DJI’s criticism of the BBC in the wake of last week’s Horizons drone documentary has won support from industry onlookers who believe it was correct to air its grievances.
Since the drone maker issued a 2,300-word letter to BBC director general Tony Hall raising its concerns over the portrayal of UAV technology last week, Commercial Drone Professional has been inundated with comments and reaction from the industry.
Many appear to share DJI’s view that the documentary – titled ‘Britain’s Next Air Disaster? Drones – was sensationalist and ignored evidence of drone technology safety, while others feel it merely perpetuated the British public’s apparent sense of negativity towards drones.
One reader, posting under the name ‘Nelson T’, wrote: “Fantastic that the likes of DJI have responded in this manner to the BBC. True way in which drone pilots have been portrayed especially in the UK including statements by recent politicians… They paint a picture that all drone pilots are either nefarious in nature or downright stupid or ignorant, when in the majority of cases it takes considerable time, energy and money to even embark upon getting involved.”
Another poster, Mike Long, said DJI’s letter was a “great response” to a “very one-sided” documentary.
“I have strong doubts about any drone being sighted at Gatwick, but the airport authorities went way over with their ‘precautions’ cost thousands of people the chance to be where they should have been, not an hour or so late but days, all because someone called ‘drone’ without any proof it even existing.”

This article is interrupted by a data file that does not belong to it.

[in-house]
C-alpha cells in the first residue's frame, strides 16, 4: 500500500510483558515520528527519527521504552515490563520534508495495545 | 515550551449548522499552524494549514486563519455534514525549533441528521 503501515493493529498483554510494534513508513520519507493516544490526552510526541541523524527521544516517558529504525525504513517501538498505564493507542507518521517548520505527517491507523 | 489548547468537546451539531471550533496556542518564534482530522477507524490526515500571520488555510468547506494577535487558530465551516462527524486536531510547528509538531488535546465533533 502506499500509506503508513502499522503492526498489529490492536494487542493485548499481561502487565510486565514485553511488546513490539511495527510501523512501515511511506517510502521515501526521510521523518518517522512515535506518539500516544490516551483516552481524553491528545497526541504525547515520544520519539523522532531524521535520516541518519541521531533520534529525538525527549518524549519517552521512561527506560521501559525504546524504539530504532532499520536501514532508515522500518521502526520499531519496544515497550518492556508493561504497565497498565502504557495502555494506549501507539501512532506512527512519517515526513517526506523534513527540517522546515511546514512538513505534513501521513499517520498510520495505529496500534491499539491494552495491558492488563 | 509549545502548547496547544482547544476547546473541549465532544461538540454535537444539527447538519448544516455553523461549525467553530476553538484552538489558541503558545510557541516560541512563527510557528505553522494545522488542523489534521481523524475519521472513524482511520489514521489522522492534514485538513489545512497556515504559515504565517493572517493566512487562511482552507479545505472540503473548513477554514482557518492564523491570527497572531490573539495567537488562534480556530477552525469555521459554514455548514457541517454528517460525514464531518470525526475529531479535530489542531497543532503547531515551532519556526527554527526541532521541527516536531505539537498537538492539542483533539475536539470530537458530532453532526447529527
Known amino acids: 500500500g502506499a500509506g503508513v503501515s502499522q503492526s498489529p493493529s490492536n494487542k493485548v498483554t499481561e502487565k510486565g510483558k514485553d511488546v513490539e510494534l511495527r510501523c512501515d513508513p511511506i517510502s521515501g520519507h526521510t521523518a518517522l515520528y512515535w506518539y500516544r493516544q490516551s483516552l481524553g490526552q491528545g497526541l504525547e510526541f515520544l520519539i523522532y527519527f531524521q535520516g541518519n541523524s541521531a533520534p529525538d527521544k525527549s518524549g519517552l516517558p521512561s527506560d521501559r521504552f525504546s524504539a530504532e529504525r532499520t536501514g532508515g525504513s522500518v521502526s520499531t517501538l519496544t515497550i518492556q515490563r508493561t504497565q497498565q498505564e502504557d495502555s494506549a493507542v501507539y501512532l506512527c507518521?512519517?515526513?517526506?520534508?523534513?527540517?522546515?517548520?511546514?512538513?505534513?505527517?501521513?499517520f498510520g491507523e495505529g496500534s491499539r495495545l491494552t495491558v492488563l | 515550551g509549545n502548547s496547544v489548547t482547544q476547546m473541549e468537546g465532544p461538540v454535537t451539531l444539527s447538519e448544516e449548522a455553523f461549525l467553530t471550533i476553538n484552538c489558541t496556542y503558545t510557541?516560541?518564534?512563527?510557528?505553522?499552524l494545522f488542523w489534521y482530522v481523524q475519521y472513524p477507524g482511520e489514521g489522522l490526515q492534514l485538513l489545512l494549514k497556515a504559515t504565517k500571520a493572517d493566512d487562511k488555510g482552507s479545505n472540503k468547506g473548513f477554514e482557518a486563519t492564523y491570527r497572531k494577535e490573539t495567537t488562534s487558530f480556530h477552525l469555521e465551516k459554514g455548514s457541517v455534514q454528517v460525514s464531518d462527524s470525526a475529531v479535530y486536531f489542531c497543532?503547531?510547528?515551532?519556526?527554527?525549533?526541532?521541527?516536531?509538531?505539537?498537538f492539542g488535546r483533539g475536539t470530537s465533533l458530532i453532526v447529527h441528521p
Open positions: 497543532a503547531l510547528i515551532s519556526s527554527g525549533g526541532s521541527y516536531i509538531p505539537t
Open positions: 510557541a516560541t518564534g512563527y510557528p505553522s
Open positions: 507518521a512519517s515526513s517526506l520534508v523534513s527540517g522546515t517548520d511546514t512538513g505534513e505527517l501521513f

In a statement issued to CDP on Friday, the BBC defended its investigation and described it as “justified, fair and impartial”, but it is clear that members of the drone industry remain unconvinced.
One commentator, Chris Taylor, wrote: “What a silly way too look at it, why not just hold your hands up for once and really take responsibility? The programme was clearly biased, inaccurate and staged in certain parts. The programme contained well over 90 percent negative light on the use of drones.”
He continued: “Not one minute was dedicated to how drones help – SAR, medical supply delivery, organ transplant delivery, assistance to the Emergency Services. The lists are endless. Although I agree a drone can pose a threat in the wrong hands, so can a pencil – we are not banning those now are we?”
Joseph Perez claimed: “Drones already have saved people’s lives and people have found things that we never knew where there. Drones have never killed a person and have saved lives so they just make up lies for ratings.”
Another reader, Michael Newton, said: “The reality is there are many “potential threats” out there most are human. But it’s easier to pick one that may find it difficult to fight back.”
What is your opinion of the BBC’s Horizons documentary on drones? And was DJI right in its criticism of the broadcaster and its portrayal of drone technology? Email firstname.lastname@example.org with your views or add your comments in the box below.